Gone are the days when brands used to market the phone camera on the basis of megapixel count, now dual-rear camera is the next big thing. Be it the iPhone 7 Plus, Huawei P9, Honor 8 or the LG G5, almost every mobile phone brand is coming up with Smartphones featuring dual-rear camera setup.
What is this dual-rear camera setup hype all about? Does it mean that the Smartphones can now capture DSLR-like photos? How is the dual-rear camera different from single rear camera? In this article, I am going to introduce you to what the dual-rear camera setup is all about and how does it work.
What is a dual-rear camera setup and how does it work?
As the name suggests, Smartphones featuring dual camera setup have two different cameras on the rear side. Each of these two rear cameras has its own image sensor to perform distinctive roles, both sensors are usually of the same size or in some Smartphones the second once can be of a smaller size.
The primary camera acts as a normal camera, it is the secondary camera that allows you to perform the magic with your photos. It completely depends on the mobile brands as to how they wish to use the secondary camera, some use it as a zoom lens and some use it to produce bokeh effect.
As of now what I have seen, the dual camera setup is being used by brands to use the secondary camera either as a wide angle camera lens or as a monochrome sensor to capture more details and to produce DSLR-like bokeh effect. Let’s have a look at few examples about how some of the recent smartphones use the dual camera setup.
iPhone 7 Plus uses the secondary camera to provide 2x optical zoom to its users, while using the primary camera as a normal wide angle lens. This is different from digital zoom as the lenses move internally in order to zoom in and out, whereas in digital zoom your camera crops the image thus reducing the pixel count. It also allows you to capture photos with bokeh effect using its Portrait Mode, this is also done using the dual-rear camera setup.
LG G5 is using the secondary camera to offer something different and unique, which is the ability to zoom out 0.5x. Though I am not quite sure if it also allows to capture photo with the bokeh effect as I have not tried the camera of G5 yet.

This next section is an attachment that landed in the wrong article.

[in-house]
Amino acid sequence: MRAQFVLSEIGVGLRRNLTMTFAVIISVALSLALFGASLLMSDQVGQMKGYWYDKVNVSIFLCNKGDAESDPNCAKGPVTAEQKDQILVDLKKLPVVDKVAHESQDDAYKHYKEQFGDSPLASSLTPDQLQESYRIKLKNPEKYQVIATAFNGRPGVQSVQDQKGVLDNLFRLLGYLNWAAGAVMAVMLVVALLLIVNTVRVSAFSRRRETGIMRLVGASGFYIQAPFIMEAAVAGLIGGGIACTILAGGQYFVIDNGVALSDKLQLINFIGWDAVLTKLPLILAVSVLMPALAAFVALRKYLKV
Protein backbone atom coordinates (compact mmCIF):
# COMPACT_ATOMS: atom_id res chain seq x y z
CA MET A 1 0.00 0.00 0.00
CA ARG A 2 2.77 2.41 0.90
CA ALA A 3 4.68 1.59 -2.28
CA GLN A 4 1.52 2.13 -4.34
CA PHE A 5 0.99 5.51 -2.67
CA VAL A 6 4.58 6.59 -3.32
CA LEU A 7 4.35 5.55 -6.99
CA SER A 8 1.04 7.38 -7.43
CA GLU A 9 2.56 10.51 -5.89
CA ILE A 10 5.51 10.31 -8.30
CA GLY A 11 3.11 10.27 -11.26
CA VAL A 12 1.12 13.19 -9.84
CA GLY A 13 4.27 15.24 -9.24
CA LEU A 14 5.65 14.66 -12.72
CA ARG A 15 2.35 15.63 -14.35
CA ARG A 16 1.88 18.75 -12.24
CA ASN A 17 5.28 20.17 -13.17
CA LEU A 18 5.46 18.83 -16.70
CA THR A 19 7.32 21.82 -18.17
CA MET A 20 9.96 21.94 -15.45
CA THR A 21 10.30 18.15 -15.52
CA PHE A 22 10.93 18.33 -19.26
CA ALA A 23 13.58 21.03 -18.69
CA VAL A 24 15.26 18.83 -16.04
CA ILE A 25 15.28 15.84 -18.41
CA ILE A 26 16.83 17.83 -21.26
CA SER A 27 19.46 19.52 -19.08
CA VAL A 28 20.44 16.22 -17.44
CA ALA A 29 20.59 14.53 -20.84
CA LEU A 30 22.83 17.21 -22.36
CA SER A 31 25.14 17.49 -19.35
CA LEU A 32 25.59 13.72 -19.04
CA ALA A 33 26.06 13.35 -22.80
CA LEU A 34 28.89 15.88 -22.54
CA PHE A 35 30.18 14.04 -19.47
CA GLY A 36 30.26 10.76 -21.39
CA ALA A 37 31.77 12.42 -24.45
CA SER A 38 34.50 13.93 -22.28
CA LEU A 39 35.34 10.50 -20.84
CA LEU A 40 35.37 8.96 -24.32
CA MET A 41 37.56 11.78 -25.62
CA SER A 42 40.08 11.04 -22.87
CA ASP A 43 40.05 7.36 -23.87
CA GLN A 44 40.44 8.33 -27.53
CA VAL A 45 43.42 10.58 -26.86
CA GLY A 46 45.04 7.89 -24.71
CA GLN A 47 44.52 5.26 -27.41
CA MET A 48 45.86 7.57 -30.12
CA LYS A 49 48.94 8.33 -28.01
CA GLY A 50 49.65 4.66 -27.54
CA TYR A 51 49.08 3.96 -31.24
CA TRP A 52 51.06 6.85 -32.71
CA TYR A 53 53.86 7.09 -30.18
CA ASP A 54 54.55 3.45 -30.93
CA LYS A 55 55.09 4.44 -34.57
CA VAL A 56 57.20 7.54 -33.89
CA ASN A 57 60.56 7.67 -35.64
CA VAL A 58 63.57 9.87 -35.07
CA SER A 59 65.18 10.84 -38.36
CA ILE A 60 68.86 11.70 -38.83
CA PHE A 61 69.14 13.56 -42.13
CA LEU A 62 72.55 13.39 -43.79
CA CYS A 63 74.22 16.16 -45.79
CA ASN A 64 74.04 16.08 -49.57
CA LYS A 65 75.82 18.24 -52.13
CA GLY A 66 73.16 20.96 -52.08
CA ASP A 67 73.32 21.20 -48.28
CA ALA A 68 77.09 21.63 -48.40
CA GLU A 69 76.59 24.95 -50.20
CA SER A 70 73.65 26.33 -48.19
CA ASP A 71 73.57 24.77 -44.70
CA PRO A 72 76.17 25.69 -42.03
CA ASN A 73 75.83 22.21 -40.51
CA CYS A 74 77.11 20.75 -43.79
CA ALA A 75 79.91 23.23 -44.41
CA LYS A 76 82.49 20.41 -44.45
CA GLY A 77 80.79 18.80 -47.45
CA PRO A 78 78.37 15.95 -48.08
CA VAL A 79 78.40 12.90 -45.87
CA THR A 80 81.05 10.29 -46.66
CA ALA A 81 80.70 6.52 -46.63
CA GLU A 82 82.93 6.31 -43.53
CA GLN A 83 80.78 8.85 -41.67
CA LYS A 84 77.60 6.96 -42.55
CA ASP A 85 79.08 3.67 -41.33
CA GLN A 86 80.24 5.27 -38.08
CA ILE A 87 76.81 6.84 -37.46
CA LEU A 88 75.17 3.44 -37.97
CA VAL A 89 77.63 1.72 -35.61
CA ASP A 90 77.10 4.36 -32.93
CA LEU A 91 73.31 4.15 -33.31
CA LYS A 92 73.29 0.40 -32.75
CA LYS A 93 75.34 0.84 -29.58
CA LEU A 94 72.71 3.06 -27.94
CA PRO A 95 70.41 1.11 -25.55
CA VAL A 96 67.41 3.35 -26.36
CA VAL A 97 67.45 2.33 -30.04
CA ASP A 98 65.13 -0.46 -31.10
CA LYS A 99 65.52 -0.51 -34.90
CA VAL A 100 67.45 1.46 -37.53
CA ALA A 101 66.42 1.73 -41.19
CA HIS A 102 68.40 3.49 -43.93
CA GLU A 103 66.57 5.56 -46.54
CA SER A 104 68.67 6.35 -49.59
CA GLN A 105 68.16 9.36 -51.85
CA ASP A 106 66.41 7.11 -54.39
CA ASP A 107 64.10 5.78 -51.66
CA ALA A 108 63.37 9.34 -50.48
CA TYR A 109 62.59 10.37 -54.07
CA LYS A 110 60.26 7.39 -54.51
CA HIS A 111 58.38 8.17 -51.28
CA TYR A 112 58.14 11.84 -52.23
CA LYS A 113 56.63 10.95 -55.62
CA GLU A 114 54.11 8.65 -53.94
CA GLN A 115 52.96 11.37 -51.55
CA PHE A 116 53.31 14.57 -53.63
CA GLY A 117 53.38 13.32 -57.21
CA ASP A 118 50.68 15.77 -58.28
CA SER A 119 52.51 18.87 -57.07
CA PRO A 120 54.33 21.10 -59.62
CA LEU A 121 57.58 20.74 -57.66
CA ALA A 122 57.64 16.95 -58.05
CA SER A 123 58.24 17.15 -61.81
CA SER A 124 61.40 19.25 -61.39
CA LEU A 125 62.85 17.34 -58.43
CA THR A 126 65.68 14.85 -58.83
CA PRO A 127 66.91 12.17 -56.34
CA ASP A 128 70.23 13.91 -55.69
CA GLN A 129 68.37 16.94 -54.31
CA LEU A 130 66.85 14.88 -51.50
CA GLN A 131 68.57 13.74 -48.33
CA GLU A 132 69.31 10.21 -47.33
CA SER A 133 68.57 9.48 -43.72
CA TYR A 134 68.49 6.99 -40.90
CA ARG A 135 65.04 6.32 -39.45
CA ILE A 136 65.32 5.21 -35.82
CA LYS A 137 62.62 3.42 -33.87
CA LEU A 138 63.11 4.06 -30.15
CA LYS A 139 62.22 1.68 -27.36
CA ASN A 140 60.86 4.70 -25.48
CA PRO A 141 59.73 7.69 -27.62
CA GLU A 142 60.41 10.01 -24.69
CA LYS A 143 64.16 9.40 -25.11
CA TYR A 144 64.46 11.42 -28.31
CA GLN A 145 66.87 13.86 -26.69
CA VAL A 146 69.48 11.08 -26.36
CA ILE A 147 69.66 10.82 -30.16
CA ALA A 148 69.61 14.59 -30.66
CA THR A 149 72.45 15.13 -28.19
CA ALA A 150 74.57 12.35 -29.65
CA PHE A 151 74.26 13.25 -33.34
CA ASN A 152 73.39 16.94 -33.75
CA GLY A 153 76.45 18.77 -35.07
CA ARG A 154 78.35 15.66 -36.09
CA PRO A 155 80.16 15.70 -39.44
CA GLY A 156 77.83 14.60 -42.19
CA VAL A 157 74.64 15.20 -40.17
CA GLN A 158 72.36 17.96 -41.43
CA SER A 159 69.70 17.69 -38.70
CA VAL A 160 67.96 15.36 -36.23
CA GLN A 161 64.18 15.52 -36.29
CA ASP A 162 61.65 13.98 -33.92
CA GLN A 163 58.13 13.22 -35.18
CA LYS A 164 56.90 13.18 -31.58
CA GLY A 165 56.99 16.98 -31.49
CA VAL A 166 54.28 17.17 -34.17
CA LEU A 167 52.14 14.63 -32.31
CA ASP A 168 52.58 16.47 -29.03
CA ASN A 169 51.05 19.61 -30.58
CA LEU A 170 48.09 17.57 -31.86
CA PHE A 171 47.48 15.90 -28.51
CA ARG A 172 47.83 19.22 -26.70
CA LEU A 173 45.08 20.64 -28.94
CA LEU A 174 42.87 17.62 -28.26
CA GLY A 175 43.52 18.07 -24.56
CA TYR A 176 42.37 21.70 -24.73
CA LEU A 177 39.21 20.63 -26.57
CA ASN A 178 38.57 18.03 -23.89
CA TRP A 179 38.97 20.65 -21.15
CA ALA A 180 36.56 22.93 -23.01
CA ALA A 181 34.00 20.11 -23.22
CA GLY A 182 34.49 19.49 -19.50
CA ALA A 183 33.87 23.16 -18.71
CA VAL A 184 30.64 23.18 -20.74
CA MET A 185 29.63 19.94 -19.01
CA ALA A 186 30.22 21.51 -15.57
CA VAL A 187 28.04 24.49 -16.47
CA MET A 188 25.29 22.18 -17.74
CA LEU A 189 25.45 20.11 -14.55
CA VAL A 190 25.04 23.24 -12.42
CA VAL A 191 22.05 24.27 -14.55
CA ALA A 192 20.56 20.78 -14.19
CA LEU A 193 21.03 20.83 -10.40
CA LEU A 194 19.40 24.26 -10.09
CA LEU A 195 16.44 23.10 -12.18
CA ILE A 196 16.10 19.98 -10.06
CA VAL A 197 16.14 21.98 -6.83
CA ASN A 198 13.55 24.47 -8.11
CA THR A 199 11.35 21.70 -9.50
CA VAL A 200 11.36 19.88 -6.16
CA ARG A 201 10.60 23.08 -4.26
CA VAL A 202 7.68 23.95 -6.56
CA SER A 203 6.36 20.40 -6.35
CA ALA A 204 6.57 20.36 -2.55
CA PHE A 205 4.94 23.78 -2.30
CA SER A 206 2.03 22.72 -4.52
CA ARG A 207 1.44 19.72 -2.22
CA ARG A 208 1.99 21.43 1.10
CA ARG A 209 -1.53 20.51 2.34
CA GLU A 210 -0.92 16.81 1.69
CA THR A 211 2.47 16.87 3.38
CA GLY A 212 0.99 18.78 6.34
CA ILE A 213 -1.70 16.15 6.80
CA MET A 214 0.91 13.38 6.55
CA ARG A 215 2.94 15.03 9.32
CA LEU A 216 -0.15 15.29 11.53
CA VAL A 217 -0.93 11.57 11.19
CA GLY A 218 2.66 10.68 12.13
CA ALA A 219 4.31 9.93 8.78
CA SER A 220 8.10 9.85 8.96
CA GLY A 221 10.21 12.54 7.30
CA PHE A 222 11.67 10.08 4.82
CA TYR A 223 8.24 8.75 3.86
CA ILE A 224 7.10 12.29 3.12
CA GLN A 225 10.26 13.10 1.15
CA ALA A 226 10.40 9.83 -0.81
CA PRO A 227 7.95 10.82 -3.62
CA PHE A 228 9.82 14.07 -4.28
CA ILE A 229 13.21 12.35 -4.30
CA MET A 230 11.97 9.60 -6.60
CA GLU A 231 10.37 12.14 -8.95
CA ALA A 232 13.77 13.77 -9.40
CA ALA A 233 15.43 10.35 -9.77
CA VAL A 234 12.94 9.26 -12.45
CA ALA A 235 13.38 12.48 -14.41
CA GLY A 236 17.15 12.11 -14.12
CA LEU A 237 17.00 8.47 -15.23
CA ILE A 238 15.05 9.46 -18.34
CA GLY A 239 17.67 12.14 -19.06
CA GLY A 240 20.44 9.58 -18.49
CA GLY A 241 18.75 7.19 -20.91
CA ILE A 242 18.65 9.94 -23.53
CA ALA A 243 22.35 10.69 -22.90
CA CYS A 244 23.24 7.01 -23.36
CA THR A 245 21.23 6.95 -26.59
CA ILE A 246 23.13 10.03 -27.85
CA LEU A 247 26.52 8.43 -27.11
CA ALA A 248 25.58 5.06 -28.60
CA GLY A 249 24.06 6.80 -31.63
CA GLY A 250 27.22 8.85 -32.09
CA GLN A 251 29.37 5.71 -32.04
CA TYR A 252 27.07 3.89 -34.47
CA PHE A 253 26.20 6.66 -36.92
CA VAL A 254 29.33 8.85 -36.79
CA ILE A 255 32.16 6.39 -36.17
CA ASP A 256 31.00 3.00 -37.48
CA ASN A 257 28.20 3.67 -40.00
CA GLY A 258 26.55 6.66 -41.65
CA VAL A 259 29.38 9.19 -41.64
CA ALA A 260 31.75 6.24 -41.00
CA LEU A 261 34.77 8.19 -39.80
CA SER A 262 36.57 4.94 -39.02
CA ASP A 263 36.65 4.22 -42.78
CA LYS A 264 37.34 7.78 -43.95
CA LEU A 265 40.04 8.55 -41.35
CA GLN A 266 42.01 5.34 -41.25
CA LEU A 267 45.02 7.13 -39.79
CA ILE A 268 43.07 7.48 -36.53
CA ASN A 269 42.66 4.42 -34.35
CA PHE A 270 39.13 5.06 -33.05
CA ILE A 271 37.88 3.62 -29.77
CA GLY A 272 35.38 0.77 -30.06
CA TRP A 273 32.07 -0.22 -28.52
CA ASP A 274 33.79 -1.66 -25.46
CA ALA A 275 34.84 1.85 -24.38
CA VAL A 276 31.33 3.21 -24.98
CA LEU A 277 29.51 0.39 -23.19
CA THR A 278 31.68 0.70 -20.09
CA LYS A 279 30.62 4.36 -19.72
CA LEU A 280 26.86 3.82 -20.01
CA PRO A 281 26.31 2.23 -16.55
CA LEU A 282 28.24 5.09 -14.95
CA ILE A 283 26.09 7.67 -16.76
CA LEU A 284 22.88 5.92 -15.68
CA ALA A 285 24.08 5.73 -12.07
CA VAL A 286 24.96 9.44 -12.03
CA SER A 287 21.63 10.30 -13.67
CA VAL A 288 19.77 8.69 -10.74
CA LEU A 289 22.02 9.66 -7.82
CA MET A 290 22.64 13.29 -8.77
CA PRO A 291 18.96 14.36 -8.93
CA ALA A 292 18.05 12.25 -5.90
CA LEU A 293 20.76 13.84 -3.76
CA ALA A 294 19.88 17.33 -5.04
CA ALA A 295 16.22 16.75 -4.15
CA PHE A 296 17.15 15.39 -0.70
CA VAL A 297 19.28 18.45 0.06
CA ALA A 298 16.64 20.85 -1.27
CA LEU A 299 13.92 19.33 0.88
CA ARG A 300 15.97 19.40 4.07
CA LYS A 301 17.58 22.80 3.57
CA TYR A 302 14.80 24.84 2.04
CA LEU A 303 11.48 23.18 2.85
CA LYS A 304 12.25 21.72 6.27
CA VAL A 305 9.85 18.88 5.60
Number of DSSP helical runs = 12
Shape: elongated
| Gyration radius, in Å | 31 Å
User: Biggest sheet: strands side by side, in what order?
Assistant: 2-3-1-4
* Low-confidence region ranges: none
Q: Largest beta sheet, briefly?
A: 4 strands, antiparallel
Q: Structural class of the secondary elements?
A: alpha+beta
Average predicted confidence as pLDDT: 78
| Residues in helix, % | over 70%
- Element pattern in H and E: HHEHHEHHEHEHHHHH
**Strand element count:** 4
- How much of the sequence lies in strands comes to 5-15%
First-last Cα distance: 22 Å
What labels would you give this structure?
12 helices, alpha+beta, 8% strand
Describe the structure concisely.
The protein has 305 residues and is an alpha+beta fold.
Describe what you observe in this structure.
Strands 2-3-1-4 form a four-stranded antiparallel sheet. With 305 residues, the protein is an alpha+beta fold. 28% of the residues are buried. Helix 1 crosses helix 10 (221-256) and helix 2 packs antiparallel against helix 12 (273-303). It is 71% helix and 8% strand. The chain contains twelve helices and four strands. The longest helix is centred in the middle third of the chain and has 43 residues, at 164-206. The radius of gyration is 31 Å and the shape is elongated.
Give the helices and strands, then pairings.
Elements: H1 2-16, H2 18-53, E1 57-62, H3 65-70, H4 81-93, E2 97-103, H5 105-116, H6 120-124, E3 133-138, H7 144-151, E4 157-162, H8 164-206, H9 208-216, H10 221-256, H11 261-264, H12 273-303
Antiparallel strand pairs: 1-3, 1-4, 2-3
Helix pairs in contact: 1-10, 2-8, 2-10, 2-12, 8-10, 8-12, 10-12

Huawei P9 and Honor 8 use the secondary camera paired with a monochrome sensor to produce DSLR-like bokeh effect which allows the user to blur the background and focus only on the subject. These smartphones also allow you to change the amount of bokeh effect (ranging from f/0.95 to f/16) as well as the focus point even after click the photos. The monochrome sensor in the secondary camera captures light in blacks and whites, thus recording more details and dynamic range (difference between highlights and shadows).
Summarize the role of the secondary camera in a Smartphone featuring dual-rear camera, it allows the manufacturers to go beyond the limits and do some innovative stuff. Brands always had limitation with the single rear camera setup as they had to depend on third-party softwares to cater to the photography enthusiasts.
Now using the secondary camera, you can optically zoom in, capture more details and dynamic range, get bokeh effect and even change the focus point and bokeh effect after capturing the photo. This was a much-needed innovation for users who love to travel and capture creative photos.
What next? I think the next step could be to build a camera with a lens which actually allows us to change the aperture opening. What do you think would be the next evolution in the Smartphone photography?
(Cover image courtesy: www.apple.com)